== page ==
Whatzup Politics (1501)
OKLAHOMA CITY – Legislation to help small businesses and support economic development throughout Oklahoma has passed the Oklahoma House today with a vote of 69 to 21.
House Bill 2726, authored by Rep. Ajay Pittman, D-OKC, introduces language into the Oklahoma Alcoholic Beverage Control Act that would allow Oklahoma small businesses to offer bottle service to their customers.
“This bill was a request bill from many small businesses in my district and throughout Oklahoma City,” Pittman said. “What we are doing is creating parity with what other states offer and what consumers want. Economic Development was at the top of my list of priorities when we started this journey, now we can see how we can restore our business communities from multiple things that challenge their success.”
The legislation does not increase or encourage alcohol consumption nor does it remove any safeguards put in place to curb alcohol-related incidents. This measure will also promote additional safety precautions that prevent hospitality staffers from making additional trips to serve patrons.
“This legislation isn’t about alcohol as much as it is about helping small businesses in House District 99 and throughout Oklahoma,” said Pittman. “This legislation will add a second layer of safety for families or patrons that gather in support of our professional sports teams and other celebrations.”
HB2726 is now eligible to be heard in the Oklahoma Senate.
State Rep. Ajay Pittman’s office can be reached at (405)557-7393 or email@example.com.
OKLAHOMA CITY – The Oklahoma House of Representatives passed legislation to protect religious freedom and the constitutional right to worship.
Rep. Brian Hill, R-Mustang, presented House Bill 2648, also known as the Oklahoma Religious Freedom Act, which dictates that anything closing places of worship would be considered a substantial burden on people’s freedom of religion.
“People came to this continent seeking religious freedom and to escape a tyrannical government, and our country’s founders had the wisdom to specifically outline the freedom to worship in one of our founding documents,” Hill said. “My faith, like many Oklahomans, is at the core of who I am, and this bill further protects our God-given right to worship.”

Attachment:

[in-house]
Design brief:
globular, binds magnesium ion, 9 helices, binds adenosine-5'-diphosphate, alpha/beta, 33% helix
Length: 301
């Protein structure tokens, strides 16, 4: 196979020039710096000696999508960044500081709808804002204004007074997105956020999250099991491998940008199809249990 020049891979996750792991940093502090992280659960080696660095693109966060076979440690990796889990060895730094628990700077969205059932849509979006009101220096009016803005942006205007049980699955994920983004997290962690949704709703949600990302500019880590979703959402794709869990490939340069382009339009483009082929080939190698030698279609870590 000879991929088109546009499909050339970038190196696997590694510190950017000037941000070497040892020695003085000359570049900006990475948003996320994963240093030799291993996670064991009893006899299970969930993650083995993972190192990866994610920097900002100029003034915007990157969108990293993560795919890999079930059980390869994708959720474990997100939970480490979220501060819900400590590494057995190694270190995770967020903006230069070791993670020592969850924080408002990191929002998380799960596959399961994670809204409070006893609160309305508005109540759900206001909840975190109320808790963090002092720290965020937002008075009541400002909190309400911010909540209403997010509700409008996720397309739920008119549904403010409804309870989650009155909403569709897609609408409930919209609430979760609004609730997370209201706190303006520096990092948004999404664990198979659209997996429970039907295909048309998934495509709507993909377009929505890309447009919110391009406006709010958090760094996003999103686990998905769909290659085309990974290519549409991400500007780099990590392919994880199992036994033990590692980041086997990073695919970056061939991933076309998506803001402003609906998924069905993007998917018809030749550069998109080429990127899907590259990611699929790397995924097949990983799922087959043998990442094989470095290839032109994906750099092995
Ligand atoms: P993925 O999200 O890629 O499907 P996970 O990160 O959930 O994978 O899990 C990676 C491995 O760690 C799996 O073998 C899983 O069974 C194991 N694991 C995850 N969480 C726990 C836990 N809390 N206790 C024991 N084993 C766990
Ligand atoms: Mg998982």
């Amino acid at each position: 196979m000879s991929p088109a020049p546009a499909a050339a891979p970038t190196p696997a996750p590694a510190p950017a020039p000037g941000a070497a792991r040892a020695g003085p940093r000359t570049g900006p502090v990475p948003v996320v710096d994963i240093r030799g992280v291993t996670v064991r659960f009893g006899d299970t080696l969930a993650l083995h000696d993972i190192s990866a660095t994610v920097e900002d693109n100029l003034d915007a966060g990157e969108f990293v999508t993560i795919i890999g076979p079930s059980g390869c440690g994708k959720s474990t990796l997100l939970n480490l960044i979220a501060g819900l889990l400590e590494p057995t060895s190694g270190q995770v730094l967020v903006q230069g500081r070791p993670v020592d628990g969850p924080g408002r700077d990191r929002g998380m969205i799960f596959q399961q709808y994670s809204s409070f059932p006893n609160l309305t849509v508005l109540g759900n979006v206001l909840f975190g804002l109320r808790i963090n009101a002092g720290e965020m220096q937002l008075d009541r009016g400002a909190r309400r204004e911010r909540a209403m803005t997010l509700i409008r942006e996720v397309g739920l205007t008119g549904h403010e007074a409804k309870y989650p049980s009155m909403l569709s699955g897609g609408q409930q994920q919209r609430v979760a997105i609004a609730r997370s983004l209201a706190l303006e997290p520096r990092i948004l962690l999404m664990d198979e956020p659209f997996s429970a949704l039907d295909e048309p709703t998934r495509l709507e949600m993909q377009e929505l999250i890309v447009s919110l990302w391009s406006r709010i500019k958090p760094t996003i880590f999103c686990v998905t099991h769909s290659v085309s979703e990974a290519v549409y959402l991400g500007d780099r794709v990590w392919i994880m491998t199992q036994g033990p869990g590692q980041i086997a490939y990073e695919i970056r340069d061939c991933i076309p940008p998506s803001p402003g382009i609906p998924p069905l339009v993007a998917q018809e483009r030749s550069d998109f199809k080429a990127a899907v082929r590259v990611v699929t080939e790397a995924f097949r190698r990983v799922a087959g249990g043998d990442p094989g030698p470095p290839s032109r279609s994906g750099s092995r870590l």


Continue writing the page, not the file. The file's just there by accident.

House Majority Floor Leader Jon Echols, R-Oklahoma City, is a co-author of the bill.
"This country was founded by individuals seeking freedom to worship in the manner they so choose without persecution," Echols said. "I can think of nothing more patriotic than protecting those rights for future generations."
The First Amendment to the U.S. Constitution reads: “Congress shall make no law respecting an establishment of religion, or prohibiting the free exercise thereof…”
HB2648 passed the House 80-18 and is now available to be considered by the Senate, where it is authored by Sen. David Bullard, R-Durant.
OKLAHOMA CITY – A bill designed to help homeless youth gain access to housing, medical care, education and other services passed the House today with a vote of 82-6.
House Bill 1739, by Rep. Sheila Dills, R-Tulsa, creates the Connecting Futures Act, which is designed for youth between the ages of 15 and 18. The measure would direct the state Department of Human Services, working with social service providers, to design a pilot program addressing the needs of minors who are not supported by parents or guardians and who are not in state or tribal custody. The act would not deprive a parent or legal guardian of any parental or legal authority.
“Unfortunately we have a number of young people in our state whose needs are not being met, and they need our help,” Dills said. “This program will help us identify barriers facing these youth so we can find solutions and resources to assist them.”
Dills said the program is aimed at youth who, for whatever reason, don’t fit into the state’s foster care system but who aren’t with their parents. Many of these teens don’t even have access to necessary documents such as their birth certificates or social security numbers, which leaves them unable to secure a driver’s licenses or employment. Too many end up in poverty, in the state’s penal system or worse, she said.
The Connecting Futures Act could change this trajectory and help these young people become successful adults, Dills said.
HB 1739 now advances to the Senate where Sen. Brenda Stanley, R-Midwest City, is the author.
- Sheila Dills serves House District 69 in the Oklahoma House of Representatives, which includes part of Tulsa County.
By State Rep. Rick West
The House last week passed two pieces of legislation that focus on protecting our state’s rights as outlined in the Tenth Amendment of the United States Constitution. I co-authored both measures.
House Bill 1236 gives the Oklahoma Legislature the right to ask our state attorney general to review any federal executive order, federal agency rule or federal legislative action to determine constitutionality. This measure also would keep an organization that gets public funds from implementing any action that restricts a person’s rights or is deemed unconstitutional.